Destruction of Kippenheim synagogue, November 10, 1938
With a new book coming out in April, I wanted to share some thoughts on the art of historical narrative. As I mentioned in my last blog post, I believe that the methods of fiction can be applied to non-fiction with one very large caveat: you can’t make anything up. The number one lesson that I take away from the writers I admire--whether they are novelists or historians--is to immerse the reader as deeply as possible in the story that I am telling and the times I am writing about.
I am a traditionalist when it comes to the principles of story-telling. I prefer to read (and write) history books with a clear beginning, middle, and end. The plot should unfold naturally and sequentially, building to a culminating point in the narrative, when the dilemmas confronting your characters are somehow resolved, either happily or tragically. Subtle foreshadowing (viz. the gun on the wall in the first act of a Chekhov play) is permissible, but the author must never get ahead of the story he or she is telling.
It seems hardly coincidental that the most successful of our modern-day historians are also accomplished writers who know how to construct a powerful narrative. My personal role models include David McCullough and Edmund Morris (for his three-part Theodore Roosevelt biography, not the partly-fictionalized biography of Ronald Reagan). Both McCullough and Morris are adept at keeping their stories moving forward, weaving necessary background into the narrative without slowing it down.
The trouble with history, of course, is that we typically know how the story ends, in contrast to novels, where the suspense is maintained until the very last moment. There is no mystery about who won World War II or what happened to the Soviet Union. To draw on the plot of one of my previous books, One Minute to Midnight, we know very well that the world did not come to an end in October 1962. You might think this would remove much of the suspense from the story of the Cuban missile crisis but this was not the case in my experience. The excitement derives not from how the story ends, but from the twists and turns along the way.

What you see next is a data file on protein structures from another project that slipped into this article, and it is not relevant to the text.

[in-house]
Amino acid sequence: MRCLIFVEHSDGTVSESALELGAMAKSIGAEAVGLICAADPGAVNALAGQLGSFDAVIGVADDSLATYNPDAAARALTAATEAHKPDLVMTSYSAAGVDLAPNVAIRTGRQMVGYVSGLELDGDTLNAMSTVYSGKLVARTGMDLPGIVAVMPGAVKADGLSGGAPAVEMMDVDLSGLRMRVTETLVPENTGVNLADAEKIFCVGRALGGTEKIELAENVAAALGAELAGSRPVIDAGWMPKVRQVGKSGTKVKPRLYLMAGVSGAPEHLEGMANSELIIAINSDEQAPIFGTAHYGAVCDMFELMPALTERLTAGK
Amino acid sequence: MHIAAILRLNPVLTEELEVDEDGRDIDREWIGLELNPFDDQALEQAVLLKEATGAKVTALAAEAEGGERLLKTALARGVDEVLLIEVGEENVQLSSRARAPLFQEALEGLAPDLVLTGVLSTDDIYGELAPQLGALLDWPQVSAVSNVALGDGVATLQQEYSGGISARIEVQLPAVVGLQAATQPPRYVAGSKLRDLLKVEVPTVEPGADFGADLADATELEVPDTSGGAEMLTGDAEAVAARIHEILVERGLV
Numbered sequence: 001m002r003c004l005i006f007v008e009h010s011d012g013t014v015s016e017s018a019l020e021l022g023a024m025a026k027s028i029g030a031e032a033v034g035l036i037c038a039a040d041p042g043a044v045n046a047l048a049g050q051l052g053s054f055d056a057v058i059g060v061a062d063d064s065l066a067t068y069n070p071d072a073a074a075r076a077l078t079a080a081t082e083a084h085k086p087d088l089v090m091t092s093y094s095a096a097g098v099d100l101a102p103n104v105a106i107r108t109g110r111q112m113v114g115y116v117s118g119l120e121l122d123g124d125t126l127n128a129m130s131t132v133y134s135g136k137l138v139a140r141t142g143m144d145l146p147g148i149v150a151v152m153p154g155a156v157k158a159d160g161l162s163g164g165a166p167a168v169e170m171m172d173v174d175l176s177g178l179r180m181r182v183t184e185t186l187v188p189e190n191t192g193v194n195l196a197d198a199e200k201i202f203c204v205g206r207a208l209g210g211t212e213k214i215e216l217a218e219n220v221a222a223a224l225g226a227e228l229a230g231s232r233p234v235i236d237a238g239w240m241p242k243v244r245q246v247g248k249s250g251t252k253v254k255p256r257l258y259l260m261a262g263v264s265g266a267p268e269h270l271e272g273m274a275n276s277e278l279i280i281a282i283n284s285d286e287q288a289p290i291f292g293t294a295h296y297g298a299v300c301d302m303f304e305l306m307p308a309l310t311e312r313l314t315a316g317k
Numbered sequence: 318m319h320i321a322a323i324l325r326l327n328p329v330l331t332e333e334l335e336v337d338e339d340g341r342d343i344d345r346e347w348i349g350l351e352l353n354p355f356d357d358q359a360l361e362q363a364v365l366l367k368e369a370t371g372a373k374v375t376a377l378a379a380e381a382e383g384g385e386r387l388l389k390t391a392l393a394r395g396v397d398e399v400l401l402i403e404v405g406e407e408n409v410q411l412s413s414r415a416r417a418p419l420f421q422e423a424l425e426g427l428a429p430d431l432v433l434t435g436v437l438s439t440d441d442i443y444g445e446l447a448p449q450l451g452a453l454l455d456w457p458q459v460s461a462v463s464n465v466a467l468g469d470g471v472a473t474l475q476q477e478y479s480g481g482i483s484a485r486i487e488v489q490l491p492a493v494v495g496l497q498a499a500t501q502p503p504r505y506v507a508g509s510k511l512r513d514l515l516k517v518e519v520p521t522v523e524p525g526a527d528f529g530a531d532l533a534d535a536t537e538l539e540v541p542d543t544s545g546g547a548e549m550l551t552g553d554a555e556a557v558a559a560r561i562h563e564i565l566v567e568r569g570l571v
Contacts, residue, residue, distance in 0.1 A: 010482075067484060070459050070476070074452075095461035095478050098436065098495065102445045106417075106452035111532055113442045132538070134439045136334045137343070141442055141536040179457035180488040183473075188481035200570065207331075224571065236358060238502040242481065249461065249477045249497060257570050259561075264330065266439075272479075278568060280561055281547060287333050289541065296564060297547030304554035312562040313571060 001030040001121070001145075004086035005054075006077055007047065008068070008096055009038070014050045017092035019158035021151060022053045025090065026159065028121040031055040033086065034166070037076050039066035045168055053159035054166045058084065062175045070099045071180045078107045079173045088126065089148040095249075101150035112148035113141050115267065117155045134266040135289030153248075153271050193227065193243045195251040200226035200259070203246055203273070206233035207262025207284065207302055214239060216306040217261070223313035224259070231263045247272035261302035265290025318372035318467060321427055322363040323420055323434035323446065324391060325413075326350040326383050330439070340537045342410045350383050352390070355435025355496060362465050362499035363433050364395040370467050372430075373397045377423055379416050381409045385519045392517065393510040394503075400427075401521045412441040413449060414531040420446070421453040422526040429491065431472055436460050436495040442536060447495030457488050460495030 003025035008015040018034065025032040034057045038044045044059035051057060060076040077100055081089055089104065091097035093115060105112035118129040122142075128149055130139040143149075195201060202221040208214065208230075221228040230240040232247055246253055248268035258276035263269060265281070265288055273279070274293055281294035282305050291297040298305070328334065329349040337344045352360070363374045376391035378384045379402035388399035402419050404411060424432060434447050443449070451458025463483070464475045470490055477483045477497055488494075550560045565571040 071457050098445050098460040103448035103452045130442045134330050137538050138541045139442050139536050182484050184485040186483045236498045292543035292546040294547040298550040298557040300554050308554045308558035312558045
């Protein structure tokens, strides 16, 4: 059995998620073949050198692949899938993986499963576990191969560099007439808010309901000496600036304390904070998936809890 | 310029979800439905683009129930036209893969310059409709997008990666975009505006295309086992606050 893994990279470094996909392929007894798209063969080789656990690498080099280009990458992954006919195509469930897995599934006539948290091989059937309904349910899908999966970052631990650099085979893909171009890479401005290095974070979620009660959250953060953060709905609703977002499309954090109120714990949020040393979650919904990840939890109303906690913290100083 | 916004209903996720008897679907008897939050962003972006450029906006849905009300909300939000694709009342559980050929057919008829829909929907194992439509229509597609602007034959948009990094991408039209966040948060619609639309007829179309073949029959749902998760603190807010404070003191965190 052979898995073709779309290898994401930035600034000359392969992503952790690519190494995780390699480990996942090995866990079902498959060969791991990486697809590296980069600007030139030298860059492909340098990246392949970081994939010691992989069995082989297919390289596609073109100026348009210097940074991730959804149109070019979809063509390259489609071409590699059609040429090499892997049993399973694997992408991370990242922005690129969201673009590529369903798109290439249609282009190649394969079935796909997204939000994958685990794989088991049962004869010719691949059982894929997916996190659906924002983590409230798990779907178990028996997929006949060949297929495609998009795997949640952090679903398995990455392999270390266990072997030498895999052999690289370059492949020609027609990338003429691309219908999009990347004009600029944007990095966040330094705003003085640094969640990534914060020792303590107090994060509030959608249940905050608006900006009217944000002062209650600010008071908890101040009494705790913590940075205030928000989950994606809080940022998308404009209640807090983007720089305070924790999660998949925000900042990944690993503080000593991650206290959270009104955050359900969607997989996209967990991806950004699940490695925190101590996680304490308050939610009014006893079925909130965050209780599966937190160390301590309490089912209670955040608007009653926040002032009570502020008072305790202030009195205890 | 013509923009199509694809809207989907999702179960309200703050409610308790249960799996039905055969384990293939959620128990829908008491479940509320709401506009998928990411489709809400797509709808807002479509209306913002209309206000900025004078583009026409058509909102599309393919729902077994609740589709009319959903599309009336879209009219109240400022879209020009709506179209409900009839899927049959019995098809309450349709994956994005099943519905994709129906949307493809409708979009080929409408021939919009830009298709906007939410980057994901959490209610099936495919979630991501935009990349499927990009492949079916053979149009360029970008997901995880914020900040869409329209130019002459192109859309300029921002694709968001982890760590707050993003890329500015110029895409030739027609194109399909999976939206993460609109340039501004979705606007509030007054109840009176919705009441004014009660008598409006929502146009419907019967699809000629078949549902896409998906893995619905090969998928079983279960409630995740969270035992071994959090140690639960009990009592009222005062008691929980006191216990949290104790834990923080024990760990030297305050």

One of my favorite historians, Barbara Tuchman, described this phenomenon well in her essay, In Search of History. Initially, she worried “a good deal” about the “the problem of keeping up suspense in a narrative whose outcome is known.” After a while, she discovered that the problem resolved itself. “If one writes as of the time, without using the benefit of hindsight, resisting always the temptation to refer to events still ahead, the suspense will build itself up naturally.” She cites the example of Marshal Joffre hesitating before the Battle of the Marne in 1914, when the French army prevented the Germans from marching on Paris. Even though the result of the battle is well known, the suspense becomes “almost unbearable, because one knows that if he had made the wrong decision, you and I might not be here today.”